7. Detached Sidewall Layers
Tires are built by fastening several polyester cords with steel wires and rubber beds using an adhesive. The tire will bubble when the layers get disconnected from the tire sidewall. Several things can cause the layers to detach like the inappropriate hardening of layers and using weak adhesives to fix layers.
8. Low Temperatures
Motorists in certain countries regularly experience bubbling of tires as a result of a temperature drop. Countries like Estonia, Canada, Finland, and Russia have low temperatures, which reduce pressure inside car tires. If the reduced pressure in the tire is ignored, it will eventually cause the tire to bubble.
9. Worn Out Tire Cover
A worn-out rubber cover of a tire makes the tire susceptible to fracture whenever an impact occurs. This means that the tire’s metal skeleton is likely to dislocate. When the tire’s metal skeleton dislocates, this would eventually lead to bubbling.
10. Impact With Curb
When your car tire collides with a curb, the curb and the tire wheel compresses your tire, causing it to develop a bubble. Curb collision is one of the most common causes of tire bubbles.
Can Bubbles in Car Tires Be Fixed?
The emergence of bubbles in car tires is no minor issue; it should be taken seriously and instantly addressed. However, unfortunately, bubbles in car tires are unfixable. The only solution for a tire bubble is the immediate replacement of the affected tire.
It is a good idea to replace all four tires while replacing an affected tire. This will make sure any irregularities are delineated.
How Much Does it Cost to Replace a Bubbled Tire?
Damage caused by bubbles is unfixable due to the failure of the tire’s internal structure. Replacing a bubbled tire depend on the car tire you require. It can cost around $200 to $650 per tire.
If you would like to cut costs, it would be beneficial for you to purchase road hazard insurance. Road hazard warranties cover flat tire damages caused by several things like nails and bulges; this becomes very useful if you reside near construction zones.
The warranty will allow you to receive a free replacement for the affected tire(s). The extra bucks you end up spending would certainly be worth your while and save you unnecessary expenses in the future.
Do Tire Warranties Cover Tire Bubbles?
The price of getting a bubbled tire replaced is dependent on the tire’s warranty. If a bubble on your car tire is developed due to manufacturer’s errors, then the manufacturer would likely replace it for you cost-free.
Having your tire manufacturer replace your tire is dependent on your tire’s lifespan with your car because several warranties do not go beyond four to six years.
Initially, when a tire bubble occurs, you may impulsively hold the manufacturer responsible. However, road damage is discernible due to rubber shavings within the tire. You still have the option of getting assistance from a purchased road hazard warranty if the bubble is caused by inadequate maintenance or road hazards.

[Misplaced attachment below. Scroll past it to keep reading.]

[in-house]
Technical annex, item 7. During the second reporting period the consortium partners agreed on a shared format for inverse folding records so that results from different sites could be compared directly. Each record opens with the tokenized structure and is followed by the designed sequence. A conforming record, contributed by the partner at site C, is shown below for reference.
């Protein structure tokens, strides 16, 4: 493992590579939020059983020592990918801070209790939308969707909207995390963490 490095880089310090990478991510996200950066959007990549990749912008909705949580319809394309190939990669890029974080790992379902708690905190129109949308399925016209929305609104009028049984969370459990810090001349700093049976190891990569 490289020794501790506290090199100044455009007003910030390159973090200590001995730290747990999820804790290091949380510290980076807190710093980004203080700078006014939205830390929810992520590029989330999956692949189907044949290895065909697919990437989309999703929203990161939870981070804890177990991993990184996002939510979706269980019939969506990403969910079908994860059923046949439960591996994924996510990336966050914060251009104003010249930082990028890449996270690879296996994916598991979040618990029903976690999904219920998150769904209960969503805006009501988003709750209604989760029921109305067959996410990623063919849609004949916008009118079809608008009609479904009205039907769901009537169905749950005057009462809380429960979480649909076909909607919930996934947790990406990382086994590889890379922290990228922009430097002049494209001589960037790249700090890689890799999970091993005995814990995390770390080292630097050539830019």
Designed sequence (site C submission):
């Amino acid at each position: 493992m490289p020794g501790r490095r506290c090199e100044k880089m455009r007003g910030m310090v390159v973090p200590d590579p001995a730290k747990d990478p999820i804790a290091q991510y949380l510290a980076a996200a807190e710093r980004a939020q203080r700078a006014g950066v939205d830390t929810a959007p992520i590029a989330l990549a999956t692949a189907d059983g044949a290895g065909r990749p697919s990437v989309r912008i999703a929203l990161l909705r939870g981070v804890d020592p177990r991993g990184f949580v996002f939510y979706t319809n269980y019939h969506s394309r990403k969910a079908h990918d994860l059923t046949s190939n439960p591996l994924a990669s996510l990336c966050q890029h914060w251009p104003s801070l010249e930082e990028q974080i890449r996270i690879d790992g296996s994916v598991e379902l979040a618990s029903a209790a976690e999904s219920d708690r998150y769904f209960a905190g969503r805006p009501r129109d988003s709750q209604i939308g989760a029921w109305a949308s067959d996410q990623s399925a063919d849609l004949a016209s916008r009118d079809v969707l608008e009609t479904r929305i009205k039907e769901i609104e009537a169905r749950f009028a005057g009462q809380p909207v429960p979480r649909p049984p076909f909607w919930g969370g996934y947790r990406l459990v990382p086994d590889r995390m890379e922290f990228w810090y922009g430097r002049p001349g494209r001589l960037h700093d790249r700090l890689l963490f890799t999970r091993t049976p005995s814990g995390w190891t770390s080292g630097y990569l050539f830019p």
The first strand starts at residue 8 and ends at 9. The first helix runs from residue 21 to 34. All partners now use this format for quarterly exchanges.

Can You Replace Just One Tire?
It is advisable to replace all four tires in the case of a bubble. But, if you cannot afford to replace all four, the replacement should be paired alongside the tire with the second-most tread depth. Both adjacent tires should be fixed on your car. Nevertheless, it is still best to replace all four tires, or at least two. Replacing all four will ensure your tires are rotated on schedule.
Replacing all four tires while replacing a bubbled car tire also saves unavoidable future costs. This is because it is very likely that the “unaffected tires” have little bulges that may not be visible at the time, so a stitch in time will save in the long run.
Some tires come with warranties that allow you to take your tire back for replacements in the case of damages sustained on the road or a manufacturing error. However, terms and conditions apply.
How Can Car Tire Bubbles Be Prevented?
Since the bubbles that emerge in car tires cannot be fixed, the next best thing you can do is prevent them from happening in the first place.
As a car owner, you are required to check your car regularly, especially before you drive. While going through your regular check car checkups, look for any bubbles on the sidewall of your car tire(s). A bubble discovery may leave you perplexed and worried, although having a bubble on your car tire is not a cause for too much worry as there are several ways to handle and prevent them.
Let’s discuss seven ways bubbles in car tires can be prevented:
1. Drive With Caution
This is the foremost preventive measure against car bubbles. Although it may be obvious, it cannot be overlooked as several causes of bubbled tires are due to the driving style of the driver. Do not approach speed bumps at high speed, avoid colliding with curbs while parking, and endeavor to keep your vehicle going while making a hard turn.